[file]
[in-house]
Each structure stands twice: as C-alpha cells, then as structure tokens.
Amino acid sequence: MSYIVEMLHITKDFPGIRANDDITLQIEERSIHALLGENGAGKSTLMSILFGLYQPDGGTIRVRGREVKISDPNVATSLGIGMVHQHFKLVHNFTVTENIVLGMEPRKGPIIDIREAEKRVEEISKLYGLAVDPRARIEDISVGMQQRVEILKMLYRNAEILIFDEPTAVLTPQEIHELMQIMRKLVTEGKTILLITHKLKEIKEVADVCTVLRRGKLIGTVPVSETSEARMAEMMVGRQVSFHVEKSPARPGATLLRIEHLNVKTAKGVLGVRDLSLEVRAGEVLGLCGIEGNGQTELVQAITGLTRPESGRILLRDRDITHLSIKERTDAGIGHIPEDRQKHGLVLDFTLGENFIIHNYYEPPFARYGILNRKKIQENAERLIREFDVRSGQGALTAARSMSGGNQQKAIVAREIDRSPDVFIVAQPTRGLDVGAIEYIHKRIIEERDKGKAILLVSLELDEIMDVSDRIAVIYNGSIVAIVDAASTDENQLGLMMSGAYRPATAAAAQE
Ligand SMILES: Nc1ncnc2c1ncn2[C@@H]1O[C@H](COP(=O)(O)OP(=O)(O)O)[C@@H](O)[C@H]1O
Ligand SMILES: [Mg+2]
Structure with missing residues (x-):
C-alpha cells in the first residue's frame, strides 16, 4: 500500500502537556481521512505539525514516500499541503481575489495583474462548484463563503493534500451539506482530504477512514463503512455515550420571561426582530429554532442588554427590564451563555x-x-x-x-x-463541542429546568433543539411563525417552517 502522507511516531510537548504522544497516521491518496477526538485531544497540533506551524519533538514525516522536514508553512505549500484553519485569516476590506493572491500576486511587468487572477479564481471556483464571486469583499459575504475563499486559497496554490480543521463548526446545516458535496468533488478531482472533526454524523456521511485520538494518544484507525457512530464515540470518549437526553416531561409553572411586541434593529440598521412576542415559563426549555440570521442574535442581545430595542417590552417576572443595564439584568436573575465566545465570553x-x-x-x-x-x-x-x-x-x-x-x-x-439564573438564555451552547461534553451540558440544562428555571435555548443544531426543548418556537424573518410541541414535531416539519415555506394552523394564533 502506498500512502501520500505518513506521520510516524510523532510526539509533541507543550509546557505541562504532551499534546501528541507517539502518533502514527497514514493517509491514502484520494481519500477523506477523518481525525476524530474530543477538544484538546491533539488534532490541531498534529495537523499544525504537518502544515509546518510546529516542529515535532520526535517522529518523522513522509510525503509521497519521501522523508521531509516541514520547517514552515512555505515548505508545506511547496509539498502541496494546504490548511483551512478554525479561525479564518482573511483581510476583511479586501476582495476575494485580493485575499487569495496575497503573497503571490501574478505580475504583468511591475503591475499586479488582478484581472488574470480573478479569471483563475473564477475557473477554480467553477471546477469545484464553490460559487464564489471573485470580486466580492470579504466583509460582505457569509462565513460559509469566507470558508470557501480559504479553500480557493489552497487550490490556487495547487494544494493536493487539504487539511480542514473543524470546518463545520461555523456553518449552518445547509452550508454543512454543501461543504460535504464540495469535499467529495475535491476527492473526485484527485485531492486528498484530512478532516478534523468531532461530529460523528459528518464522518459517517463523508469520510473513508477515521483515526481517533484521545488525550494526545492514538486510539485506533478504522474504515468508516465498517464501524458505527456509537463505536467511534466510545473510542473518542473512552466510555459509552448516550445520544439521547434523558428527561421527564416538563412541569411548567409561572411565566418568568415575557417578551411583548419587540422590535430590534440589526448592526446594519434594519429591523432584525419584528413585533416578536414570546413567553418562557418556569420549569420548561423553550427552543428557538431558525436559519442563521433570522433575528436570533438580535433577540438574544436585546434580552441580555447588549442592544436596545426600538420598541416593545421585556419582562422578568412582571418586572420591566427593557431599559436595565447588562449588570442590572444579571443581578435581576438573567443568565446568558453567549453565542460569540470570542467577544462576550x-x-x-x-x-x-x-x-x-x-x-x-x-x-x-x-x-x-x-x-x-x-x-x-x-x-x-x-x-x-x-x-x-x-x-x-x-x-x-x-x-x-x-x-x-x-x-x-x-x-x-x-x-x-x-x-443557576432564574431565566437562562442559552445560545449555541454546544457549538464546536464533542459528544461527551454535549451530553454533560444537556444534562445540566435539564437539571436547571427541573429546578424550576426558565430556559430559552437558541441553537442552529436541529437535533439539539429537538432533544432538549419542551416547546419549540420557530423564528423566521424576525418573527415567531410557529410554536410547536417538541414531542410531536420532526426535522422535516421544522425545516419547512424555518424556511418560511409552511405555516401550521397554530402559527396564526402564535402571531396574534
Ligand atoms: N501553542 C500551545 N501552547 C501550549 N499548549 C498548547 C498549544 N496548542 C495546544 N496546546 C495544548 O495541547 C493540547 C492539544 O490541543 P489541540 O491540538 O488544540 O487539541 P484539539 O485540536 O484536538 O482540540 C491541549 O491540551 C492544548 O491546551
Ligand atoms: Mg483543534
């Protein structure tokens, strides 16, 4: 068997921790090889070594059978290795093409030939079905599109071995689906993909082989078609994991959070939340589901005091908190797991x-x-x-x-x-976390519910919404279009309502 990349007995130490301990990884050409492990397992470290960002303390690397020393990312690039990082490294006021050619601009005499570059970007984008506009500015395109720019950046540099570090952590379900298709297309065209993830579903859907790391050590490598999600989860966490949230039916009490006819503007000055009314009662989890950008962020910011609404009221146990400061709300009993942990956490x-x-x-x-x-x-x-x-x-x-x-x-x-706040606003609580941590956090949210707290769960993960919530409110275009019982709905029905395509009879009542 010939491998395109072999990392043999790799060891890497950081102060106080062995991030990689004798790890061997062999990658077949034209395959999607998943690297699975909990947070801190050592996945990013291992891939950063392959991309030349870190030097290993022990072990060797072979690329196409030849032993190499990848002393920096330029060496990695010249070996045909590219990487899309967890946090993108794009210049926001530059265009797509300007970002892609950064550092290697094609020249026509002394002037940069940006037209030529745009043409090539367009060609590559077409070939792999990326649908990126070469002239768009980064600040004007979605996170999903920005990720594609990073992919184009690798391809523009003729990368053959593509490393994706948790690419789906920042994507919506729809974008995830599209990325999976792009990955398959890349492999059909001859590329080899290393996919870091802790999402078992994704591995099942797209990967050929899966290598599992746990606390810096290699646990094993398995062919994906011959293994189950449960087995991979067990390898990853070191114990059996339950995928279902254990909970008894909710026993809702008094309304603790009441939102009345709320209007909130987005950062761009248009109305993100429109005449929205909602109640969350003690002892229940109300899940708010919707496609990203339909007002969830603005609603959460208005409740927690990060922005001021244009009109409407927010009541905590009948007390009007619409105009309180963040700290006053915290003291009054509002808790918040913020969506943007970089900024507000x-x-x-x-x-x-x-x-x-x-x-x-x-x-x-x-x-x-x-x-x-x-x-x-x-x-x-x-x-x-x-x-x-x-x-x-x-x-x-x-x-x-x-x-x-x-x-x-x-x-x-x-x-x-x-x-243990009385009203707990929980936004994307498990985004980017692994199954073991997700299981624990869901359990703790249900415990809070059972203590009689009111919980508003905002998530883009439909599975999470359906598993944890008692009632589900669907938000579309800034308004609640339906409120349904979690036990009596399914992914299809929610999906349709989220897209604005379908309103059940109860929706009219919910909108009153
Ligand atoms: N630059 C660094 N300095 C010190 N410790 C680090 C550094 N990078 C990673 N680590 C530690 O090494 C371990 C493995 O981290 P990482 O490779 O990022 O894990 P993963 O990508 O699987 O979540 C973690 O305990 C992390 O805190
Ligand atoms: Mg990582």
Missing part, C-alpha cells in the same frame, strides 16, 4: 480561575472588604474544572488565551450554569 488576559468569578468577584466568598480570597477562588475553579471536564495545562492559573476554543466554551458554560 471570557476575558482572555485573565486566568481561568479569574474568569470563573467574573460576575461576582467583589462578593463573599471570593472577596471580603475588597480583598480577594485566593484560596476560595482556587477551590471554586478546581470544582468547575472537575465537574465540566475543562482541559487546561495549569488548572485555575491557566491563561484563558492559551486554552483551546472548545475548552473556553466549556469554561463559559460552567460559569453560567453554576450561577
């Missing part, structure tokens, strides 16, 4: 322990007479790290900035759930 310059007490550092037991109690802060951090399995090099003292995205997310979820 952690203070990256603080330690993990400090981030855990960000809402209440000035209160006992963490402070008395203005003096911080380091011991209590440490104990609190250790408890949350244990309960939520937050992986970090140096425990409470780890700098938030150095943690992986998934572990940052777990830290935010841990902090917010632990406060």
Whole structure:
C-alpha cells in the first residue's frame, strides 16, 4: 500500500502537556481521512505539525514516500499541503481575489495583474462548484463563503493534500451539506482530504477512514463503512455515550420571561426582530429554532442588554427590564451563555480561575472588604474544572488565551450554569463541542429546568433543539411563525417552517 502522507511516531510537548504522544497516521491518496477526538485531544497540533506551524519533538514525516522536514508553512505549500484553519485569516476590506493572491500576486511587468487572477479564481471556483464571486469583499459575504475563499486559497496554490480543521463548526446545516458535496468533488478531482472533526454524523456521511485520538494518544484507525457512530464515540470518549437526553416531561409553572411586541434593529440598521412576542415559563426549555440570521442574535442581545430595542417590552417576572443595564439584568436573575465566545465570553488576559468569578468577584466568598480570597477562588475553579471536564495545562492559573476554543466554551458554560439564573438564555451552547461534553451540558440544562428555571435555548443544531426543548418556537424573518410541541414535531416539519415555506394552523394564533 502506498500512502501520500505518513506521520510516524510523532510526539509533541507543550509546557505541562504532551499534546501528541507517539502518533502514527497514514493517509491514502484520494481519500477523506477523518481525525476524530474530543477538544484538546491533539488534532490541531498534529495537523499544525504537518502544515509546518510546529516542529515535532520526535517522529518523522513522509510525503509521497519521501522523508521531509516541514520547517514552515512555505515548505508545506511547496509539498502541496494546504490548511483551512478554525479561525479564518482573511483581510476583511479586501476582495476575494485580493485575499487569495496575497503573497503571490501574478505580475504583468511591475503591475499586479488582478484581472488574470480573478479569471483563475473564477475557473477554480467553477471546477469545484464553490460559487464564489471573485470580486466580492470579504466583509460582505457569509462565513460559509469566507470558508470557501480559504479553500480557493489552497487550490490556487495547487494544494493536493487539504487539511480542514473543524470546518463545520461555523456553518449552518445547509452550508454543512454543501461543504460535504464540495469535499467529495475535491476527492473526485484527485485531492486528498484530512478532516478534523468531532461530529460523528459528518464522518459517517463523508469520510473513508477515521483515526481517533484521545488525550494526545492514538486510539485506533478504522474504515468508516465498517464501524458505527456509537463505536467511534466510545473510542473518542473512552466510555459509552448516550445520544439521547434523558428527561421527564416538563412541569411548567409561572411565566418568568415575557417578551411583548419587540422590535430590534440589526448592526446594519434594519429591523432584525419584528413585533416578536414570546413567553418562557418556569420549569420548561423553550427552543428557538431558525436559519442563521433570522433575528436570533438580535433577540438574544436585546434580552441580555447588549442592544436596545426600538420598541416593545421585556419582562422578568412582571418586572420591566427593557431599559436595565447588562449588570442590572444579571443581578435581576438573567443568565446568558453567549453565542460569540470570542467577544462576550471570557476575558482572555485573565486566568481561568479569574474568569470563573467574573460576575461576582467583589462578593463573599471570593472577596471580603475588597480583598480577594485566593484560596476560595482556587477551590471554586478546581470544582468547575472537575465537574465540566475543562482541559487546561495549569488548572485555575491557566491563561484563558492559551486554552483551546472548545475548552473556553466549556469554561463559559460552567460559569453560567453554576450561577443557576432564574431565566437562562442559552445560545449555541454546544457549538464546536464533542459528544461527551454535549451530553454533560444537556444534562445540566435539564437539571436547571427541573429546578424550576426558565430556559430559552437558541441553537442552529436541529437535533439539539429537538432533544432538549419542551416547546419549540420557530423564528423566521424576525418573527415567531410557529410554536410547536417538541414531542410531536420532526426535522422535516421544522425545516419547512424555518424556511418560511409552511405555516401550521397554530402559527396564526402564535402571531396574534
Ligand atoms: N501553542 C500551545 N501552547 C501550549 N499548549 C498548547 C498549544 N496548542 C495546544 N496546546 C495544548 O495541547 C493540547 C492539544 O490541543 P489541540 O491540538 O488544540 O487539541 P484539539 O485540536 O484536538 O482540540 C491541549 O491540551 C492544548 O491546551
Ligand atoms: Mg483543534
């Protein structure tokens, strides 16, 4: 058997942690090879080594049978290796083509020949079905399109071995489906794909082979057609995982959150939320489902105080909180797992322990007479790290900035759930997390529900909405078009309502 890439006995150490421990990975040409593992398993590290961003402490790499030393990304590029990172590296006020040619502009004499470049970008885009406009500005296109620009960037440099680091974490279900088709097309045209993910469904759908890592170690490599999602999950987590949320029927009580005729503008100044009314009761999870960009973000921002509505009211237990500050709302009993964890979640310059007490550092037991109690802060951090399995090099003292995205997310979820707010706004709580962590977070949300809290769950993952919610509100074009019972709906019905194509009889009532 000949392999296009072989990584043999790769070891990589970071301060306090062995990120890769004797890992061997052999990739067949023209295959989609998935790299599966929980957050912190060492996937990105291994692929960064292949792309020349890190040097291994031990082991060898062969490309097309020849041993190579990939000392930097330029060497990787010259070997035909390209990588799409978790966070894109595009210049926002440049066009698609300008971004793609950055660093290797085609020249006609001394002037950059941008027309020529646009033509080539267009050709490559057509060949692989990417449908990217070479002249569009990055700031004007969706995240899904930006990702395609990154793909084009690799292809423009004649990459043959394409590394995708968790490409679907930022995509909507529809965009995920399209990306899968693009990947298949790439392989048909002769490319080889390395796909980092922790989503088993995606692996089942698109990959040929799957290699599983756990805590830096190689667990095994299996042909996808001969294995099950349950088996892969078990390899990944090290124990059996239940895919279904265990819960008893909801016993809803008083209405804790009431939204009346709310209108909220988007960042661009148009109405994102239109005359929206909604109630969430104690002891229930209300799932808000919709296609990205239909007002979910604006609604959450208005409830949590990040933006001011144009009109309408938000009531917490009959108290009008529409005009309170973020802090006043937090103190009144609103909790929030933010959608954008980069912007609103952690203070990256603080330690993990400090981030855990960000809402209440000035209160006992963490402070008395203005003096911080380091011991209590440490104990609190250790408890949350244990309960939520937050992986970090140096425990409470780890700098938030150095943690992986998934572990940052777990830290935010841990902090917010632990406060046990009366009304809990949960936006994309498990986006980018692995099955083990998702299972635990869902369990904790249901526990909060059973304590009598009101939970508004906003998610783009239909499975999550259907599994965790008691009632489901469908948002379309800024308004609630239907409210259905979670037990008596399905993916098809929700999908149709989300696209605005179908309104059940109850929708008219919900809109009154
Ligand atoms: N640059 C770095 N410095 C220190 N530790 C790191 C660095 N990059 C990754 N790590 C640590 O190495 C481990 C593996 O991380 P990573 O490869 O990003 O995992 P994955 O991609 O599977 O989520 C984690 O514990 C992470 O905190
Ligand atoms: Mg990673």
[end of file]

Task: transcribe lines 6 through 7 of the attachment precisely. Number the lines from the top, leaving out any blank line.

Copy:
Structure with missing residues (x-):
C-alpha cells in the first residue's frame, strides 16, 4: 500500500502537556481521512505539525514516500499541503481575489495583474462548484463563503493534500451539506482530504477512514463503512455515550420571561426582530429554532442588554427590564451563555x-x-x-x-x-463541542429546568433543539411563525417552517 502522507511516531510537548504522544497516521491518496477526538485531544497540533506551524519533538514525516522536514508553512505549500484553519485569516476590506493572491500576486511587468487572477479564481471556483464571486469583499459575504475563499486559497496554490480543521463548526446545516458535496468533488478531482472533526454524523456521511485520538494518544484507525457512530464515540470518549437526553416531561409553572411586541434593529440598521412576542415559563426549555440570521442574535442581545430595542417590552417576572443595564439584568436573575465566545465570553x-x-x-x-x-x-x-x-x-x-x-x-x-439564573438564555451552547461534553451540558440544562428555571435555548443544531426543548418556537424573518410541541414535531416539519415555506394552523394564533 502506498500512502501520500505518513506521520510516524510523532510526539509533541507543550509546557505541562504532551499534546501528541507517539502518533502514527497514514493517509491514502484520494481519500477523506477523518481525525476524530474530543477538544484538546491533539488534532490541531498534529495537523499544525504537518502544515509546518510546529516542529515535532520526535517522529518523522513522509510525503509521497519521501522523508521531509516541514520547517514552515512555505515548505508545506511547496509539498502541496494546504490548511483551512478554525479561525479564518482573511483581510476583511479586501476582495476575494485580493485575499487569495496575497503573497503571490501574478505580475504583468511591475503591475499586479488582478484581472488574470480573478479569471483563475473564477475557473477554480467553477471546477469545484464553490460559487464564489471573485470580486466580492470579504466583509460582505457569509462565513460559509469566507470558508470557501480559504479553500480557493489552497487550490490556487495547487494544494493536493487539504487539511480542514473543524470546518463545520461555523456553518449552518445547509452550508454543512454543501461543504460535504464540495469535499467529495475535491476527492473526485484527485485531492486528498484530512478532516478534523468531532461530529460523528459528518464522518459517517463523508469520510473513508477515521483515526481517533484521545488525550494526545492514538486510539485506533478504522474504515468508516465498517464501524458505527456509537463505536467511534466510545473510542473518542473512552466510555459509552448516550445520544439521547434523558428527561421527564416538563412541569411548567409561572411565566418568568415575557417578551411583548419587540422590535430590534440589526448592526446594519434594519429591523432584525419584528413585533416578536414570546413567553418562557418556569420549569420548561423553550427552543428557538431558525436559519442563521433570522433575528436570533438580535433577540438574544436585546434580552441580555447588549442592544436596545426600538420598541416593545421585556419582562422578568412582571418586572420591566427593557431599559436595565447588562449588570442590572444579571443581578435581576438573567443568565446568558453567549453565542460569540470570542467577544462576550x-x-x-x-x-x-x-x-x-x-x-x-x-x-x-x-x-x-x-x-x-x-x-x-x-x-x-x-x-x-x-x-x-x-x-x-x-x-x-x-x-x-x-x-x-x-x-x-x-x-x-x-x-x-x-x-443557576432564574431565566437562562442559552445560545449555541454546544457549538464546536464533542459528544461527551454535549451530553454533560444537556444534562445540566435539564437539571436547571427541573429546578424550576426558565430556559430559552437558541441553537442552529436541529437535533439539539429537538432533544432538549419542551416547546419549540420557530423564528423566521424576525418573527415567531410557529410554536410547536417538541414531542410531536420532526426535522422535516421544522425545516419547512424555518424556511418560511409552511405555516401550521397554530402559527396564526402564535402571531396574534